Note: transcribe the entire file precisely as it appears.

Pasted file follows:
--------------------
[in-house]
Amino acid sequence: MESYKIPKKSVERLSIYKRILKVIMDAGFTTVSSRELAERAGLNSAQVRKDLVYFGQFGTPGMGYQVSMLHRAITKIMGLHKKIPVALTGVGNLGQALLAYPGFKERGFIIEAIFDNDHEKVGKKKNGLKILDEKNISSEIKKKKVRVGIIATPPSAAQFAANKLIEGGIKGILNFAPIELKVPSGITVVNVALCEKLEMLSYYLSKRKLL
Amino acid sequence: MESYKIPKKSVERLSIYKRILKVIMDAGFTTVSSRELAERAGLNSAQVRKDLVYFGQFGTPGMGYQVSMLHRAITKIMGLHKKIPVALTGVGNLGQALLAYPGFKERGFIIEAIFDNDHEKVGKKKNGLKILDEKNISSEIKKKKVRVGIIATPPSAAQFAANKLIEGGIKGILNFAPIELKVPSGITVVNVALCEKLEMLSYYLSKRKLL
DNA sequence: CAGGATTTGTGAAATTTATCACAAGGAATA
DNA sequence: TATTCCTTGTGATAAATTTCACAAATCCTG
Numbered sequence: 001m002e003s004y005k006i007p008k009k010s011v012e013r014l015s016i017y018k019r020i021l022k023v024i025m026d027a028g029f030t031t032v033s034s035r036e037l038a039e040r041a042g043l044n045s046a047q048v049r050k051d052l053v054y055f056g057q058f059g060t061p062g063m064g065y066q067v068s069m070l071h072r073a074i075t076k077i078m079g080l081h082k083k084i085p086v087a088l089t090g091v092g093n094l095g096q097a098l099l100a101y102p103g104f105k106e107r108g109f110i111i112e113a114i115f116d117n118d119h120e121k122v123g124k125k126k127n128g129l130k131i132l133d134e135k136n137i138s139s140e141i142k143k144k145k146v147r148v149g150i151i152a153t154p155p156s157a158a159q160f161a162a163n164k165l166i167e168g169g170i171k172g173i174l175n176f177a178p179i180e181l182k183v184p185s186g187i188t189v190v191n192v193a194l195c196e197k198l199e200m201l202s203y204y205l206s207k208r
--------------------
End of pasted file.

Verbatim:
[in-house]
Amino acid sequence: MESYKIPKKSVERLSIYKRILKVIMDAGFTTVSSRELAERAGLNSAQVRKDLVYFGQFGTPGMGYQVSMLHRAITKIMGLHKKIPVALTGVGNLGQALLAYPGFKERGFIIEAIFDNDHEKVGKKKNGLKILDEKNISSEIKKKKVRVGIIATPPSAAQFAANKLIEGGIKGILNFAPIELKVPSGITVVNVALCEKLEMLSYYLSKRKLL
Amino acid sequence: MESYKIPKKSVERLSIYKRILKVIMDAGFTTVSSRELAERAGLNSAQVRKDLVYFGQFGTPGMGYQVSMLHRAITKIMGLHKKIPVALTGVGNLGQALLAYPGFKERGFIIEAIFDNDHEKVGKKKNGLKILDEKNISSEIKKKKVRVGIIATPPSAAQFAANKLIEGGIKGILNFAPIELKVPSGITVVNVALCEKLEMLSYYLSKRKLL
DNA sequence: CAGGATTTGTGAAATTTATCACAAGGAATA
DNA sequence: TATTCCTTGTGATAAATTTCACAAATCCTG
Numbered sequence: 001m002e003s004y005k006i007p008k009k010s011v012e013r014l015s016i017y018k019r020i021l022k023v024i025m026d027a028g029f030t031t032v033s034s035r036e037l038a039e040r041a042g043l044n045s046a047q048v049r050k051d052l053v054y055f056g057q058f059g060t061p062g063m064g065y066q067v068s069m070l071h072r073a074i075t076k077i078m079g080l081h082k083k084i085p086v087a088l089t090g091v092g093n094l095g096q097a098l099l100a101y102p103g104f105k106e107r108g109f110i111i112e113a114i115f116d117n118d119h120e121k122v123g124k125k126k127n128g129l130k131i132l133d134e135k136n137i138s139s140e141i142k143k144k145k146v147r148v149g150i151i152a153t154p155p156s157a158a159q160f161a162a163n164k165l166i167e168g169g170i171k172g173i174l175n176f177a178p179i180e181l182k183v184p185s186g187i188t189v190v191n192v193a194l195c196e197k198l199e200m201l202s203y204y205l206s207k208r